The pace of growth in security companies is slower. FireEye (market cap: $6.5 billion) took 10+ years from startup to IPO. Palo Alto Networks (market cap: $11.6 billion) reached there a bit faster — in 7 years. When it comes to pace of growth and rapid value creation, there is no Uber in the security world.
Some tech darlings of the VC world have reached the $1 billion market cap (enviable unicorn status) in less than three years. That’s a challenge for cybersecurity entrepreneurs! If we cannot grow at such a pace, VCs won’t pay much attention. Funding in cybersecurity will remain stagnant, at less than 10 percent of total VC invested.
One of the leading VCs in Silicon Valley (the fund just raised more than half a billion dollars) told me that security is cool — but returns have been sporadic and below average. The double-whammy of low returns coupled with long exit cycles have marred VC enthusiasm. But if we read the tea leaves, things are getting better.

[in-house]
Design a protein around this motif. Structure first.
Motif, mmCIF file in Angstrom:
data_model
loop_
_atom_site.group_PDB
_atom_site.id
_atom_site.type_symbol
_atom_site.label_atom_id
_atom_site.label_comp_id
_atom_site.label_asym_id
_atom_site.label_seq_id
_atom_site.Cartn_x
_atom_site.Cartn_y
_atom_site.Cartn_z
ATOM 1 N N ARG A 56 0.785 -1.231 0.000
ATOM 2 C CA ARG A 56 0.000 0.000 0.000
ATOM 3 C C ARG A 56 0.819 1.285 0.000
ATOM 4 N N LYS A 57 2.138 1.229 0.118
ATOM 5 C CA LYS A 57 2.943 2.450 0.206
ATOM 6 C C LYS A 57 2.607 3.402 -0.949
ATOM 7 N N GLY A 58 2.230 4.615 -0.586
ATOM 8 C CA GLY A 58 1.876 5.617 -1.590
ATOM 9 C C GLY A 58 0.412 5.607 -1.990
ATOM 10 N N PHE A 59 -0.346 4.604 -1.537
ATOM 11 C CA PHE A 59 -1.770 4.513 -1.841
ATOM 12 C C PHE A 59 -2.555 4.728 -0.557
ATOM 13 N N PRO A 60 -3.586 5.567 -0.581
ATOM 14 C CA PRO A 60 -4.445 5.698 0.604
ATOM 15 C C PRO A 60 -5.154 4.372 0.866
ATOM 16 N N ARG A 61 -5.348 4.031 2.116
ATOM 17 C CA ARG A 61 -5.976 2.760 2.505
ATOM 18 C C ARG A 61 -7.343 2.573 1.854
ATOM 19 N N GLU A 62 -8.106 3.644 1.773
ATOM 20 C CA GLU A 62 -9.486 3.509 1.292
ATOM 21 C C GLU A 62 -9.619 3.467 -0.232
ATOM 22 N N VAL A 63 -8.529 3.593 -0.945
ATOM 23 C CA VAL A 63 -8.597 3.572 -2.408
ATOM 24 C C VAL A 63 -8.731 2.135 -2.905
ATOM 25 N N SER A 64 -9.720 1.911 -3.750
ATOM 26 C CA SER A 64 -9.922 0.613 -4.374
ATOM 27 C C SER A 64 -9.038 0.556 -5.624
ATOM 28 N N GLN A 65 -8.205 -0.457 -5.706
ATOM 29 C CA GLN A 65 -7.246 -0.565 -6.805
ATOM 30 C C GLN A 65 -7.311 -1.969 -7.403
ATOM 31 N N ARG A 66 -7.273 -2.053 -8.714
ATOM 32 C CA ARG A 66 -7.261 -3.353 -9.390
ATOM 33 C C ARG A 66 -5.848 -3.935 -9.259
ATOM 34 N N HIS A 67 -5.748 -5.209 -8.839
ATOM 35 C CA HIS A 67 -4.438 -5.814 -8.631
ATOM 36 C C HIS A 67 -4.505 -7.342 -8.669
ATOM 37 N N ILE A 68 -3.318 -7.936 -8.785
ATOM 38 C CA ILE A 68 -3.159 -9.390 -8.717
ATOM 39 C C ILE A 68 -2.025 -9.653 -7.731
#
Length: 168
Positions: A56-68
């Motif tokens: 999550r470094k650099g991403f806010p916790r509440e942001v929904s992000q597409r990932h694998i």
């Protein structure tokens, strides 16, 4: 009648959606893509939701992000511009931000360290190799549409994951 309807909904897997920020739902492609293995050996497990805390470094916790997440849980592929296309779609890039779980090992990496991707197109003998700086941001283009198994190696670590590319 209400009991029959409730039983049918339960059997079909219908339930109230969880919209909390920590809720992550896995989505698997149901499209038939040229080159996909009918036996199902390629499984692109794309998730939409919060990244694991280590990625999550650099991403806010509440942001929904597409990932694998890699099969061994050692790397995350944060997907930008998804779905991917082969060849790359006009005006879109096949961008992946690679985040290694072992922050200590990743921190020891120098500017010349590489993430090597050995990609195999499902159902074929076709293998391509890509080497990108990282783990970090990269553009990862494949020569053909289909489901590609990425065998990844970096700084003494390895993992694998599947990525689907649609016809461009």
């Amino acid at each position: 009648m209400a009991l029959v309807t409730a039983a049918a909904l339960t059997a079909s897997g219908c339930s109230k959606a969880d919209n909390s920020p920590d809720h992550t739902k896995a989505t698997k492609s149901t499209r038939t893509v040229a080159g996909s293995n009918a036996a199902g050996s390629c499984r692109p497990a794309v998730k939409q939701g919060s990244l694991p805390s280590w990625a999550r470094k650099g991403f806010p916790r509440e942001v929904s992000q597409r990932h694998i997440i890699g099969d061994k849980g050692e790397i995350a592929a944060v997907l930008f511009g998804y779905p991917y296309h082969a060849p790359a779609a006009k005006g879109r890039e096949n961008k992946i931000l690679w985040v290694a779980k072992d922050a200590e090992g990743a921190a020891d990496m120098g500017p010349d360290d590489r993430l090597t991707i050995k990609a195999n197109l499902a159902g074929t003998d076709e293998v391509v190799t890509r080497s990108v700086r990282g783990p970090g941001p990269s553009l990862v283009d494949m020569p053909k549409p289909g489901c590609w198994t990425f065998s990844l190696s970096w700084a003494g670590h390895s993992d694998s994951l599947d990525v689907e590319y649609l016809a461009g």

It’s baffling as to why enterprise cybersecurity budgets are stuck in archaic logic. Security spend should be ~ 10 percent of the total IT budget, as common thinking goes. At a macro scale, McKinsey experts state in their book Beyond Cybersecurity: Protecting Your Digital Business that total IT spend globally is approaching $2 trillion.
But security spend is still less than $100 billion. All it takes is one hack. And some budgets have surged to 300+ percent. This was affirmed by several cybersecurity experts I spoke with. I moderated a panel of leading cybersecurity VCs at Venture Alpha West 2015. Asheem Chandna of Greylock Partners, who sits on the board of Palo Alto Networks, Skyhigh Networks and other leading security companies, pointed out that across enterprises, security budgets are on the rise. This augurs well for cybersecurity startups.
With hacks becoming more intense, security awareness and importance is on the rise.
At least, buyers are aware. And board-level push for a better security posture is higher. Dharmesh Thakker of Battery Ventures, who has led investments in Cloudera and MongoDB, described that legacy companies are unable to react to technological shifts rapidly. Symantec and HP are undergoing structural changes and their ability to innovate and launch new products becomes constrained. They are tempted to partner.